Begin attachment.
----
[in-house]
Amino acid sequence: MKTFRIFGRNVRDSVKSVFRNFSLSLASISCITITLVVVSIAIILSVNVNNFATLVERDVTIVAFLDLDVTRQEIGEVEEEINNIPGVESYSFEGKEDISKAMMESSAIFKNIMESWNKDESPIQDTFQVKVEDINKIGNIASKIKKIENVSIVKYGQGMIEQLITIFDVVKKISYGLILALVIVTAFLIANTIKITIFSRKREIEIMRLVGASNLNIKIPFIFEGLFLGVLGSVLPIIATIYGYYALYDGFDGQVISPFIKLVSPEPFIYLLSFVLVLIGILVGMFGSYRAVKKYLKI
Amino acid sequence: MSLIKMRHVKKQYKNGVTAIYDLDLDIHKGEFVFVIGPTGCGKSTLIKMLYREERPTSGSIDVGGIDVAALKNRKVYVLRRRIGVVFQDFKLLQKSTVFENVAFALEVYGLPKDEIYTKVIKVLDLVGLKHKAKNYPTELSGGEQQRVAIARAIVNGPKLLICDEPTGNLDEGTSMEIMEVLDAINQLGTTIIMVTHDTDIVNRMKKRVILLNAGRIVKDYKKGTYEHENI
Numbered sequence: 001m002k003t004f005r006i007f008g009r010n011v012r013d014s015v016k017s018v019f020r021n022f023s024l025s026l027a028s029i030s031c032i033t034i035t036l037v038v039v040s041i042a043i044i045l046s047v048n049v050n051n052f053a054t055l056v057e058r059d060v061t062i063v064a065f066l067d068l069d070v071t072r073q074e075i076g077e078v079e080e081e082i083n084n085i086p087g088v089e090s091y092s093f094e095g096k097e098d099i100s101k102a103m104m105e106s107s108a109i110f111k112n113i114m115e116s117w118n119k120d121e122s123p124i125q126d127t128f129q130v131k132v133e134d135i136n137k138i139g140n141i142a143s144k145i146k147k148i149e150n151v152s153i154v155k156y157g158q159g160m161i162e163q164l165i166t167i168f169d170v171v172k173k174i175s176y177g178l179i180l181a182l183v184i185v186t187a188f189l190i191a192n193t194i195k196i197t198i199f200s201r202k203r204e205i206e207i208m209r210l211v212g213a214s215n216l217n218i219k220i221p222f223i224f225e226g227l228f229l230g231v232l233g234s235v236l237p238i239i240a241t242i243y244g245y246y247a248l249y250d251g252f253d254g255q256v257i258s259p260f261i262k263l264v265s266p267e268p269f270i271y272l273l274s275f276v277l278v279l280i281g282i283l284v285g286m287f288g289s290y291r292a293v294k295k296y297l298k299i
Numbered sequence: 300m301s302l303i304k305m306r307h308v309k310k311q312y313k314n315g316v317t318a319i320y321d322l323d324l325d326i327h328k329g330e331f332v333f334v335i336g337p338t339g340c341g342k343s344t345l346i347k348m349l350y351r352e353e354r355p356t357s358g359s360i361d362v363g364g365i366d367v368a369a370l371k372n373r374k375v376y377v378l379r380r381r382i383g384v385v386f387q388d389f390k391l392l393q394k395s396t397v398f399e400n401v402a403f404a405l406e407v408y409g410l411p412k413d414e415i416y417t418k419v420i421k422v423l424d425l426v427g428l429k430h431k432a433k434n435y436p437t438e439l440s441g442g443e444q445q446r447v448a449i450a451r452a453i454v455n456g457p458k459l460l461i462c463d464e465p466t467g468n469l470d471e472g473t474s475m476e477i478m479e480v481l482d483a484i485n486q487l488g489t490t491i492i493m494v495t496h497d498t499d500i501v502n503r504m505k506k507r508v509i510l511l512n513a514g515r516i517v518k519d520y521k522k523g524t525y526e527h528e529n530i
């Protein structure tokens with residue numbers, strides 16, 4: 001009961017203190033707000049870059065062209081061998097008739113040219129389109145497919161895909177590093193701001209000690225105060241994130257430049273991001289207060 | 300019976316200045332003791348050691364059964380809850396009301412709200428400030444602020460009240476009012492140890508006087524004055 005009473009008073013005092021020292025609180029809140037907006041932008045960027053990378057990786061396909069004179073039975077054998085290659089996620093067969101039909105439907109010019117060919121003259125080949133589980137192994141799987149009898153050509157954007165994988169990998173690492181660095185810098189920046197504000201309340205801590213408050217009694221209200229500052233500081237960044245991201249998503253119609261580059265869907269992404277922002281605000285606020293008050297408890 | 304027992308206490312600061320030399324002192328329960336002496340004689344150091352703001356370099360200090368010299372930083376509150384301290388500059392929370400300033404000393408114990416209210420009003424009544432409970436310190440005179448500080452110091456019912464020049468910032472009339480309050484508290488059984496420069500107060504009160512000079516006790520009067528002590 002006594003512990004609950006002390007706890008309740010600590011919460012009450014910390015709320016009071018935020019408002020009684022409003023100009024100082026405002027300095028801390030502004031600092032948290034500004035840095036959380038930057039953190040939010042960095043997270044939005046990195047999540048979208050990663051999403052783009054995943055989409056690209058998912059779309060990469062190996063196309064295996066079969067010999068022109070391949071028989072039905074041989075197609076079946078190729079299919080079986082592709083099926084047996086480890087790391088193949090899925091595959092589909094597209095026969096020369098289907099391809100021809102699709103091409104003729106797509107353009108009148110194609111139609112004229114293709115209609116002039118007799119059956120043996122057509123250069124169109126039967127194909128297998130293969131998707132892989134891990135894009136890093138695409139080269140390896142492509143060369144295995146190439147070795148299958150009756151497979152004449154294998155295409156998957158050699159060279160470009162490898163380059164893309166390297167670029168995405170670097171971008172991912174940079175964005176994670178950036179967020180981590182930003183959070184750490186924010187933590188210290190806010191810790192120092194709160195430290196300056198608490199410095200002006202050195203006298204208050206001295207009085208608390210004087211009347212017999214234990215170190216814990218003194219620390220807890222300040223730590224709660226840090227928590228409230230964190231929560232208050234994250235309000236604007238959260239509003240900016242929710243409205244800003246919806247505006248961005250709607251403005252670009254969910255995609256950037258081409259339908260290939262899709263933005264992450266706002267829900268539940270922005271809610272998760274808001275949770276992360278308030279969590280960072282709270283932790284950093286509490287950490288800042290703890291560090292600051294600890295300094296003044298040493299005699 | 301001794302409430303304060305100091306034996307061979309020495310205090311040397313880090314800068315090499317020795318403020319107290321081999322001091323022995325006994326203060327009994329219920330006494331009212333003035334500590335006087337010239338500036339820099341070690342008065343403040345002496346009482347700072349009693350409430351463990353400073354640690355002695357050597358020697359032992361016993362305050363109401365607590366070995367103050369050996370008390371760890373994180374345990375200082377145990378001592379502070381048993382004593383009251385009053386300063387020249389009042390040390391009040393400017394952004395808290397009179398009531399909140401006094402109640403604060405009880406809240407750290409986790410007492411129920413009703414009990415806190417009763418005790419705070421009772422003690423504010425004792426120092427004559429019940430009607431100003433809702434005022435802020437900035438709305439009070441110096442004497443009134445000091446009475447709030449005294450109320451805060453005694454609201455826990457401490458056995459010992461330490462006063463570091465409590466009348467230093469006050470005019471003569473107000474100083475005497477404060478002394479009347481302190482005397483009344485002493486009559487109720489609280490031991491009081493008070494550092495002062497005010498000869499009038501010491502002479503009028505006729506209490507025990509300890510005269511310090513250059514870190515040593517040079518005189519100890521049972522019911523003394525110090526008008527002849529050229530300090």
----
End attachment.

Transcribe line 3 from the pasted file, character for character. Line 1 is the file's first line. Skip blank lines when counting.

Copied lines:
Amino acid sequence: MSLIKMRHVKKQYKNGVTAIYDLDLDIHKGEFVFVIGPTGCGKSTLIKMLYREERPTSGSIDVGGIDVAALKNRKVYVLRRRIGVVFQDFKLLQKSTVFENVAFALEVYGLPKDEIYTKVIKVLDLVGLKHKAKNYPTELSGGEQQRVAIARAIVNGPKLLICDEPTGNLDEGTSMEIMEVLDAINQLGTTIIMVTHDTDIVNRMKKRVILLNAGRIVKDYKKGTYEHENI